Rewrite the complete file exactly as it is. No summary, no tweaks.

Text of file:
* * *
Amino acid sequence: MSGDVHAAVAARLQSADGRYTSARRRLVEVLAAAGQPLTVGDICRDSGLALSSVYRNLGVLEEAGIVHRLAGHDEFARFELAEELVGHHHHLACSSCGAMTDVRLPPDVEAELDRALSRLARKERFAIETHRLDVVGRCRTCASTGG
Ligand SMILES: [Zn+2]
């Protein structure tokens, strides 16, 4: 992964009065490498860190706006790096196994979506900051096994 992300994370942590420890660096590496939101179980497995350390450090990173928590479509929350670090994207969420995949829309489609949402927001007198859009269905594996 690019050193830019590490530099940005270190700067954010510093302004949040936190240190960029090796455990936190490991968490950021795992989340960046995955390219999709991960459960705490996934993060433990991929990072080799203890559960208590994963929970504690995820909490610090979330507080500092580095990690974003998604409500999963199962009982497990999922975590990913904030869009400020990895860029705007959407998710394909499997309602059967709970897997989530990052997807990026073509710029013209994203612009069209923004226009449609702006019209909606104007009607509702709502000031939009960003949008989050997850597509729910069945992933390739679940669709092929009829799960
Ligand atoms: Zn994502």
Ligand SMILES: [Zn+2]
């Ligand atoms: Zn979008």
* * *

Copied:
Amino acid sequence: MSGDVHAAVAARLQSADGRYTSARRRLVEVLAAAGQPLTVGDICRDSGLALSSVYRNLGVLEEAGIVHRLAGHDEFARFELAEELVGHHHHLACSSCGAMTDVRLPPDVEAELDRALSRLARKERFAIETHRLDVVGRCRTCASTGG
Ligand SMILES: [Zn+2]
């Protein structure tokens, strides 16, 4: 992964009065490498860190706006790096196994979506900051096994 992300994370942590420890660096590496939101179980497995350390450090990173928590479509929350670090994207969420995949829309489609949402927001007198859009269905594996 690019050193830019590490530099940005270190700067954010510093302004949040936190240190960029090796455990936190490991968490950021795992989340960046995955390219999709991960459960705490996934993060433990991929990072080799203890559960208590994963929970504690995820909490610090979330507080500092580095990690974003998604409500999963199962009982497990999922975590990913904030869009400020990895860029705007959407998710394909499997309602059967709970897997989530990052997807990026073509710029013209994203612009069209923004226009449609702006019209909606104007009607509702709502000031939009960003949008989050997850597509729910069945992933390739679940669709092929009829799960
Ligand atoms: Zn994502």
Ligand SMILES: [Zn+2]
């Ligand atoms: Zn979008």